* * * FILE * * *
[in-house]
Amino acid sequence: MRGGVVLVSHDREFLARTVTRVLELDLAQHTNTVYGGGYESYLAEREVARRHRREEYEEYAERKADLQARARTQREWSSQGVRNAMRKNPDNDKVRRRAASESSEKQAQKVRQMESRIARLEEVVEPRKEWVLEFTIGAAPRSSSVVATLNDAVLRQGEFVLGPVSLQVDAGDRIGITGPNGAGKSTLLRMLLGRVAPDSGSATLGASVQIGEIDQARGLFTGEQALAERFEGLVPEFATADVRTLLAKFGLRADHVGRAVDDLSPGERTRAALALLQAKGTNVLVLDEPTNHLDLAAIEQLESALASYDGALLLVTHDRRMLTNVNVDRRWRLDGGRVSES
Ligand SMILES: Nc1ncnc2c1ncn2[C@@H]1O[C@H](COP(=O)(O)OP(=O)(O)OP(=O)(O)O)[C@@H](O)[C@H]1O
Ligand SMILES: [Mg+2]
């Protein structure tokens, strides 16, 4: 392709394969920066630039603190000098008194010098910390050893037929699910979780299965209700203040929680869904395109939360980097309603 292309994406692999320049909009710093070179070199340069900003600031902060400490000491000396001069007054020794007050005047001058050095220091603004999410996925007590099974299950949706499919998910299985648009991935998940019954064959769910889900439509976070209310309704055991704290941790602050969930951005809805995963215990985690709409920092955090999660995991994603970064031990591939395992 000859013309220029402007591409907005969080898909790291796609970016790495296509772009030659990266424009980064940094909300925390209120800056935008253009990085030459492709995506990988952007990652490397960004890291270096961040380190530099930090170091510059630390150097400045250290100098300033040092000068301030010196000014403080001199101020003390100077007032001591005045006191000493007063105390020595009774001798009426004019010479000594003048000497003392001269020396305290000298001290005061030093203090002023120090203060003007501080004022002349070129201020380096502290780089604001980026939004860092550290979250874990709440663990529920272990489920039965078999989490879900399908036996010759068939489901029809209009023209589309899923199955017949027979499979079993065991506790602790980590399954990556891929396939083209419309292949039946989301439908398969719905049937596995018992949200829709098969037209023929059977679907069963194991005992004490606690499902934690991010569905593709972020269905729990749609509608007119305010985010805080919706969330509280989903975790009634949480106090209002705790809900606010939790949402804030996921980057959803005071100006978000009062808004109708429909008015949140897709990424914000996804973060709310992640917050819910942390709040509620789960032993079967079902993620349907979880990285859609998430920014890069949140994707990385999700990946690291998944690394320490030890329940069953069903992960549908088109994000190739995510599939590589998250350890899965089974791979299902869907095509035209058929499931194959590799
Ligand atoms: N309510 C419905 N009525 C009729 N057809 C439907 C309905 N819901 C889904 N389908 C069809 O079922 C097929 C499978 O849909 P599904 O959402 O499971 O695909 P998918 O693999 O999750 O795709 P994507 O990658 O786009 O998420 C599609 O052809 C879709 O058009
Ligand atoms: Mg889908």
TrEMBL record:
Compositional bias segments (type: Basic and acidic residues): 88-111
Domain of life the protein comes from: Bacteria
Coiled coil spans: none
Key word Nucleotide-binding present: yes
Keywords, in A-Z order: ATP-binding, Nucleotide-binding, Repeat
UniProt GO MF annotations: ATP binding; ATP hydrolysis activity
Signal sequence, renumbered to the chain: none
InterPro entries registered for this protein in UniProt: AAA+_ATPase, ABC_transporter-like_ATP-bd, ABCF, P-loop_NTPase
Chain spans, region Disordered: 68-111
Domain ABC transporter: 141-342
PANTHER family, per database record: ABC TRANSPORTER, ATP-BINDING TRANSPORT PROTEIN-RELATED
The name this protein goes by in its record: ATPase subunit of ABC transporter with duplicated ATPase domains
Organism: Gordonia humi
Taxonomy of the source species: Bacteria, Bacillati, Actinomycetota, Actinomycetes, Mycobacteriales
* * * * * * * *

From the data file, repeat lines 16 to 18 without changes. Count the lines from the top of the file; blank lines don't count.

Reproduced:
InterPro entries registered for this protein in UniProt: AAA+_ATPase, ABC_transporter-like_ATP-bd, ABCF, P-loop_NTPase
Chain spans, region Disordered: 68-111
Domain ABC transporter: 141-342